Mutilated Furries, Flying Phalluses: Put the Blame on Griefers, the Sociopaths of the Virtual World

By Julian Dibbell Email 01.18.08
Left to right: William Barnett, Evan Vetere, and Isaiah Houston of the EVE Online GoonSwarm Alliance.
Photo: Michael Schmelling

The Albion Park section of Second Life is generally a quiet place, a haven of whispering fir trees and babbling brooks set aside for those who "need to be alone to think, or want to chat privately." But shortly after 5 pm Eastern time on November 16, an avatar appeared in the 3-D-graphical skies above this online sanctuary and proceeded to unleash a mass of undiluted digital jackassery. The avatar, whom witnesses would describe as an African-American male clad head to toe in gleaming red battle armor, detonated a device that instantly filled the air with 30-foot-wide tumbling blue cubes and gaping cartoon mouths. For several minutes the freakish objects rained down, immobilizing nearby players with code that forced them to either log off or watch their avatars endlessly text-shout Arnold Schwarzenegger's "Get to the choppaaaaaaa!" tagline from Predator.

The incident, it turns out, was not an isolated one. The same scene, with minor variations, was unfolding simultaneously throughout the virtual geography of Second Life. Some cubes were adorned on every side with the infamous, soul-searing "goatse" image; others were covered with the grinning face of Bill Cosby proffering a Pudding Pop.

Soon after the attacks began, the governance team at San Francisco-based Linden Lab, the company that runs Second Life, identified the vandals and suspended their accounts. In the popular NorthStar hangout, players located the offending avatars and fired auto-cagers, which wrapped the attackers' heads in big metallic boxes. And at the Gorean city of Rovere — a Second Life island given over to a peculiarly hardcore genre of fantasy role-play gaming — a player named Chixxa Lusch straddled his giant eagle mount and flew up to confront the invaders avatar-to-avatar as they hovered high above his lovingly re-created medieval village, blanketing it with bouncing 10-foot high Super Mario figures.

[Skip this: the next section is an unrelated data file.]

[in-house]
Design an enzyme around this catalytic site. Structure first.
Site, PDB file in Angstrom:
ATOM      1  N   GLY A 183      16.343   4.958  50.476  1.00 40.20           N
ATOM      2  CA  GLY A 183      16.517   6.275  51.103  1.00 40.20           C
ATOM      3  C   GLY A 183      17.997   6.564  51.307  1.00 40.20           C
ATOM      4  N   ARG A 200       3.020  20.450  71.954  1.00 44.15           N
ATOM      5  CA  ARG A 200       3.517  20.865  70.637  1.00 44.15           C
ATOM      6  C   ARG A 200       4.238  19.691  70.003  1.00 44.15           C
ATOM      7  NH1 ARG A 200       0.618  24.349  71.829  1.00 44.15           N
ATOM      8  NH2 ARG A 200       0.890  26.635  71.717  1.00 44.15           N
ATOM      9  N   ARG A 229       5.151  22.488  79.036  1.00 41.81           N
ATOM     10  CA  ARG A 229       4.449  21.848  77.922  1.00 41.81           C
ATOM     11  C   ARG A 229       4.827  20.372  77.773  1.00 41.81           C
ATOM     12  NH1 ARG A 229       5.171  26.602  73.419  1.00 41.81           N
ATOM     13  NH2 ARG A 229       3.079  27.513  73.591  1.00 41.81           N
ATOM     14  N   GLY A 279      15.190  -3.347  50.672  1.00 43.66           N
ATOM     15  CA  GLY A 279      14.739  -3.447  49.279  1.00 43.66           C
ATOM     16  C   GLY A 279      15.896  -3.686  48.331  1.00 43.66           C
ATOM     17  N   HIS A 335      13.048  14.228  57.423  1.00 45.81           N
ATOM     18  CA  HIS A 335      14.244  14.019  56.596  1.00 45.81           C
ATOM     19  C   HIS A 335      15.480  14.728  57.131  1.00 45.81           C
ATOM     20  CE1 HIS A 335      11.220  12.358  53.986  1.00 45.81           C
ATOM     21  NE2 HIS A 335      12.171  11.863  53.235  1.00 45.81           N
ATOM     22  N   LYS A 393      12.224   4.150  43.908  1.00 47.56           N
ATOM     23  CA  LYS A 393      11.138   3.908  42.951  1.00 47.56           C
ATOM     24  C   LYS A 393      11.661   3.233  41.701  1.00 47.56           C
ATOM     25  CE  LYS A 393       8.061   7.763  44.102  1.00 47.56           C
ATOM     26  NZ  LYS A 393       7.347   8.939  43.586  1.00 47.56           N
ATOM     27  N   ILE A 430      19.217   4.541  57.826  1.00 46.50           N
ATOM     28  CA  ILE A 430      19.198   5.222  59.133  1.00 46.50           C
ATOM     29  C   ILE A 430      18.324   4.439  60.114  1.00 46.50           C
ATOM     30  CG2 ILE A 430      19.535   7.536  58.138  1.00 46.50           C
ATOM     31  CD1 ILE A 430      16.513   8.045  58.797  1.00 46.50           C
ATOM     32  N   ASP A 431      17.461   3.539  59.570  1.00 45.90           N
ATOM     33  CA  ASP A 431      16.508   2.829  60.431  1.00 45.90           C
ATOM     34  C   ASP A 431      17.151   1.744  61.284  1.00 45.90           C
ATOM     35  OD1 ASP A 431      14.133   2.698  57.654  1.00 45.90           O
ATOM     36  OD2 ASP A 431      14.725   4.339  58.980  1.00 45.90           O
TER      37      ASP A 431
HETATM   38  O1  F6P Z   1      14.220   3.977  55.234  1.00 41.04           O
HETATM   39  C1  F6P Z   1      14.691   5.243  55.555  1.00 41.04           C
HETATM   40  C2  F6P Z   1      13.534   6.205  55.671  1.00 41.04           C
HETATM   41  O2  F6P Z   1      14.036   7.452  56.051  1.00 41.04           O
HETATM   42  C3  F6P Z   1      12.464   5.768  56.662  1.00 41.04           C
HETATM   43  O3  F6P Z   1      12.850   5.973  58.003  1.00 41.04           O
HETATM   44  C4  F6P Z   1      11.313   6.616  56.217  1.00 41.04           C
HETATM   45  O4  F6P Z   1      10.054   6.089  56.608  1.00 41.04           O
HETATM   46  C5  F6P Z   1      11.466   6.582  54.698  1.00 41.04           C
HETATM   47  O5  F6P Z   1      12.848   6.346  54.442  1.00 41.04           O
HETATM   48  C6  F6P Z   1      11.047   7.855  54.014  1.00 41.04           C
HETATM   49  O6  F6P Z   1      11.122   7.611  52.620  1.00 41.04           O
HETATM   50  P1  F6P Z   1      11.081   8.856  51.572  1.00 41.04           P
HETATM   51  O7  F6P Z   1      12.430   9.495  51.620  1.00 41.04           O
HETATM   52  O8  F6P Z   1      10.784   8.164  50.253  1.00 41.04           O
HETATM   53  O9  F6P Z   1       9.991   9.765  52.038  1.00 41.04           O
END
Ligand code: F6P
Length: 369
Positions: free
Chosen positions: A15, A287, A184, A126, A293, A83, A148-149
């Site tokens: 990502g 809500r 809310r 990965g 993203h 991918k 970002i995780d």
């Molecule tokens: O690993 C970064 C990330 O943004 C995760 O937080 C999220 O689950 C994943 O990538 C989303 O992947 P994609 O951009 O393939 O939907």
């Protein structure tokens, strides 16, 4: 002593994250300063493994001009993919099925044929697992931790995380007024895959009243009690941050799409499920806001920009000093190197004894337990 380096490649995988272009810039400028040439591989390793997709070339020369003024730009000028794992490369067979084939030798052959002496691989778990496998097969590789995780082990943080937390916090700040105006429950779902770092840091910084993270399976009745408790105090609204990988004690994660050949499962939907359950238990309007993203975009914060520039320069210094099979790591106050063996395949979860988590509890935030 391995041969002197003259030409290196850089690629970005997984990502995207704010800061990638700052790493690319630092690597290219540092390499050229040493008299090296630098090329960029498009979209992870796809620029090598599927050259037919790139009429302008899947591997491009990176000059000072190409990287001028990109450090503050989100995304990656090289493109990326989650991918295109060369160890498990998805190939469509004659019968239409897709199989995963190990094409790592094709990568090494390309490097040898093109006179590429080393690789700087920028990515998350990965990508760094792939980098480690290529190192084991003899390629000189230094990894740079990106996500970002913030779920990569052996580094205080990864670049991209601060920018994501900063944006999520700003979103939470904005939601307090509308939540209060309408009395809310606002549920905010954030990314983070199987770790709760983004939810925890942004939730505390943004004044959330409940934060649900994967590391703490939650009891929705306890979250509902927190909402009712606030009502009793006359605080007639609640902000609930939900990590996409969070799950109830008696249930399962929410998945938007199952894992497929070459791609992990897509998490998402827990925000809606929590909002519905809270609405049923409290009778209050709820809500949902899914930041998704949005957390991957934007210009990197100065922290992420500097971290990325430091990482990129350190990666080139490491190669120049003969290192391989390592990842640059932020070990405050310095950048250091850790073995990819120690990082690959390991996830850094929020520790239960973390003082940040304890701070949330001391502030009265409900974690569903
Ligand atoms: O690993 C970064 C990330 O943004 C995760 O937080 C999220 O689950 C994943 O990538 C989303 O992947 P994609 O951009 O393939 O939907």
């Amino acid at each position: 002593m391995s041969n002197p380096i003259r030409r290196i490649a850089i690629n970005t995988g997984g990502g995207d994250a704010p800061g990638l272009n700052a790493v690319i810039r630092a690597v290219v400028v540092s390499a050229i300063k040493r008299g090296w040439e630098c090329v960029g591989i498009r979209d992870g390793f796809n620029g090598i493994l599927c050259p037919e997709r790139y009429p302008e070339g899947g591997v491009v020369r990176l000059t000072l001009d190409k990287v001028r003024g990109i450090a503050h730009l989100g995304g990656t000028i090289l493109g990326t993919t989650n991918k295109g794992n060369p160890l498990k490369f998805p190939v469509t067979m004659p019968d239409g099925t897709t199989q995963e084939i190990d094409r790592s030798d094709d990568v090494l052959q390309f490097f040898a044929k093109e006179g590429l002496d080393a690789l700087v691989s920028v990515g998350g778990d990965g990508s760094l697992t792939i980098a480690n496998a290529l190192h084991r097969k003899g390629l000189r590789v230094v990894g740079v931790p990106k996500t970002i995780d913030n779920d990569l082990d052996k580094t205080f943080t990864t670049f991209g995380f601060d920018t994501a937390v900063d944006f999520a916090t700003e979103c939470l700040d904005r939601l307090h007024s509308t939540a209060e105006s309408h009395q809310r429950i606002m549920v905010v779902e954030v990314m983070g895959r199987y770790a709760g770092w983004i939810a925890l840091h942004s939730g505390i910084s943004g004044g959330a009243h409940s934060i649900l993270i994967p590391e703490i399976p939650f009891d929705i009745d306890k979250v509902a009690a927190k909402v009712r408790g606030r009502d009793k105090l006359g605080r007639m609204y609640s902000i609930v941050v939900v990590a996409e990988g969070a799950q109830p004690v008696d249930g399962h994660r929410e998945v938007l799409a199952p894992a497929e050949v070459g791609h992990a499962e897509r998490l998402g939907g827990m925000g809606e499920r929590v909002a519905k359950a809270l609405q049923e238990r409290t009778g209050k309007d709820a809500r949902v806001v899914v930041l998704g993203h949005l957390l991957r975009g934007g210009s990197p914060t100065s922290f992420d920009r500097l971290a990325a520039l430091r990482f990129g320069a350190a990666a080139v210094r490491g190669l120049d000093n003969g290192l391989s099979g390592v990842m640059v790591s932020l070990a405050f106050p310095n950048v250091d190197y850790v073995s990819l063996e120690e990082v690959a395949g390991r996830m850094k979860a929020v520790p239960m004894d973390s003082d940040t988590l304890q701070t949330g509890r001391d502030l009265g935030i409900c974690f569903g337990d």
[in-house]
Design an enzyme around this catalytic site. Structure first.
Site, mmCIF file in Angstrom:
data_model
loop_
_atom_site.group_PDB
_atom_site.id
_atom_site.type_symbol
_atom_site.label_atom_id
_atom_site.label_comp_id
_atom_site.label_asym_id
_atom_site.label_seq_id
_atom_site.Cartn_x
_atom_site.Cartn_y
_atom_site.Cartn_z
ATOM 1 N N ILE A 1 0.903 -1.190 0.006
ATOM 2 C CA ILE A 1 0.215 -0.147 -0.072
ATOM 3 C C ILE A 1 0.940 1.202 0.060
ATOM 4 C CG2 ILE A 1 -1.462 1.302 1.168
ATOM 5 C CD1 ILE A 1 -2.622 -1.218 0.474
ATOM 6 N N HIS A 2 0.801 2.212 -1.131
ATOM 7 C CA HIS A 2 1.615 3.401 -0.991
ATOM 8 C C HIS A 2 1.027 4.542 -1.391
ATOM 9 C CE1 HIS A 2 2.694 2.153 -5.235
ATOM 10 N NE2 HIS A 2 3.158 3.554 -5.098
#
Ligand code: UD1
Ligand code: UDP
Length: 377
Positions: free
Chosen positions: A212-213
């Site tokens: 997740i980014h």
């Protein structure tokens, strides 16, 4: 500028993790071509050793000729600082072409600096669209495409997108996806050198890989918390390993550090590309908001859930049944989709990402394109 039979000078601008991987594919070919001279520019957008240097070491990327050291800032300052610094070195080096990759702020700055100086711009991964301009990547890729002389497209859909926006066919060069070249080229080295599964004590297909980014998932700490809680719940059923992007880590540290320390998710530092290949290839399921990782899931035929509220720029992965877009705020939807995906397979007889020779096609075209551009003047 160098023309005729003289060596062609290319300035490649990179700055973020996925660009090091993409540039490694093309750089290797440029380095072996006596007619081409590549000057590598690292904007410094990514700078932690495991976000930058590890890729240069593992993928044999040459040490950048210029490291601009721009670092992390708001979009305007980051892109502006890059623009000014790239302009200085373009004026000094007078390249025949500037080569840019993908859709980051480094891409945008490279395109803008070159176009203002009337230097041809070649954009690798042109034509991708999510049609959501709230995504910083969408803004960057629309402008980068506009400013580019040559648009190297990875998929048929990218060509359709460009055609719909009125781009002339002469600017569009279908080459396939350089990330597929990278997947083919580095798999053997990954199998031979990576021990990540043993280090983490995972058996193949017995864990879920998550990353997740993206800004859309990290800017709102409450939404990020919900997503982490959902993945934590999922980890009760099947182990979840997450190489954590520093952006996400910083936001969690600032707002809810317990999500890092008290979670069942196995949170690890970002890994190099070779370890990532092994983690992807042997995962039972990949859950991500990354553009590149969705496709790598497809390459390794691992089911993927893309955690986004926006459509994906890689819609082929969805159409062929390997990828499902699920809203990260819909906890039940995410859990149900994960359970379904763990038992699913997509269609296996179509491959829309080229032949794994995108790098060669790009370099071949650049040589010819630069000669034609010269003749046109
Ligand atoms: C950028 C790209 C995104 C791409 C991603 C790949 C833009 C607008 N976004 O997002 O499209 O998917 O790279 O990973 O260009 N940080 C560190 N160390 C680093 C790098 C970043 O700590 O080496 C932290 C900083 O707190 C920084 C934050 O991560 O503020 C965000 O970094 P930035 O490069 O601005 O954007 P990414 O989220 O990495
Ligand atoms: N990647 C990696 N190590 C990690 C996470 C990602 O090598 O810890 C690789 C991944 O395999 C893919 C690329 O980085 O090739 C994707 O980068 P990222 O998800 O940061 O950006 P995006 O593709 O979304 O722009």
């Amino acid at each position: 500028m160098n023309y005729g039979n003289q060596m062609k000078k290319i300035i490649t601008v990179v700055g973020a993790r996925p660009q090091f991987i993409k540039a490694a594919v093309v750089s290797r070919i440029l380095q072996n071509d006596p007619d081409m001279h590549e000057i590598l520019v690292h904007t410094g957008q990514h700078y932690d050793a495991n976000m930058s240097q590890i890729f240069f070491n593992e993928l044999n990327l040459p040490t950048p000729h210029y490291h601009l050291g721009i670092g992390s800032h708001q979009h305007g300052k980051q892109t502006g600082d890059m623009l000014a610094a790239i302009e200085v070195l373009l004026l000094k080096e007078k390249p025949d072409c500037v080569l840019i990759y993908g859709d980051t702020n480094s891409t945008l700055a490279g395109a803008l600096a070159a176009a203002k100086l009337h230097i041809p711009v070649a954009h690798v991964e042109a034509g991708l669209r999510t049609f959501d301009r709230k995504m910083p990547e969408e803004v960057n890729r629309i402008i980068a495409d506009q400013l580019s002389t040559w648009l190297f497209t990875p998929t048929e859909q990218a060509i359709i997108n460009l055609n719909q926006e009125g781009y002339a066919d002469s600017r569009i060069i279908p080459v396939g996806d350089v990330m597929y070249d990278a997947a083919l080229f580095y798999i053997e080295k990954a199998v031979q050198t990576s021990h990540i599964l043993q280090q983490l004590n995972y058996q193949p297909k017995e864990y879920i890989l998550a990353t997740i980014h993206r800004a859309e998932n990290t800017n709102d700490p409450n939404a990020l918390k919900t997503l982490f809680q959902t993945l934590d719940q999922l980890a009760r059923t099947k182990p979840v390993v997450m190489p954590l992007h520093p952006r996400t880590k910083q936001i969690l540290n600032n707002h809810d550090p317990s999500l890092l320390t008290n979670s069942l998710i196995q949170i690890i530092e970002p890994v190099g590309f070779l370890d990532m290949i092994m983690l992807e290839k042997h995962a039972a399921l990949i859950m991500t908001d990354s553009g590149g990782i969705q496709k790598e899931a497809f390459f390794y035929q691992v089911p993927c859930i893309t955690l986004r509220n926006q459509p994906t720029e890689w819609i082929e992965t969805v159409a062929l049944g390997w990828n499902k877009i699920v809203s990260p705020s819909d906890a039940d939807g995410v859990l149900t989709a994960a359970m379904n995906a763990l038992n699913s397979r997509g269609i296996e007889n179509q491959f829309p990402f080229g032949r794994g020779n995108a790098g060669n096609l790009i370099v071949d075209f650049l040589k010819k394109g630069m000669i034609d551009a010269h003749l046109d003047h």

"Give us a break you fucks," typed Chixxa Lusch, and when it became clear that they had no such intention, he added their names to the island's list of banned avatars and watched them disappear.

"Wankers," he added, descending into the mess of Super Marios they'd left behind for him to clear.

Bans and cages and account blocks could only slow the attackers, not stop them. The raiders, constantly creating new accounts, moved from one location to another throughout the night until, by way of a finale, they simultaneously crashed many of the servers that run Second Life. And by that time, there was not the slightest mystery in anyone's minds who these particular wankers were: The Patriotic Nigras had struck again.

The Patriotic Nigras consist of some 150 shadowy individuals who, in the words of their official slogan, have been "ruining your Second Life since 2006." Before that, many of them were doing their best to ruin Habbo Hotel, a Finland-based virtual world for teens inhabited by millions of squat avatars reminiscent of Fisher-Price's Little People toys. That's when the PNs adopted their signature dark-skinned avatar with outsize Afro and Armani suit.

Though real-life details are difficult to come by, it's clear that few, if any, PNs are in fact African-American. But their blackface shenanigans, they say, aren't racist in any heartfelt sense. "Yeah, the thing about the racist thing," says ^ban^, leader of the Patriotic Nigras, "is ... it's all just a joke." It's only one element, he insists, in an arsenal of PN techniques designed to push users past the brink of moral outrage toward that rare moment — at once humiliating and enlightening — when they find themselves crying over a computer game. Getting that response is what it's all about, the Nigras say.

"We do it for the lulz," ^ban^ says — for laughs. Asked how some people can find their greatest amusement in pissing off others, ^ban^ gives the question a moment's thought: "Most of us," he says finally, with a wry chuckle, "are psychotic."

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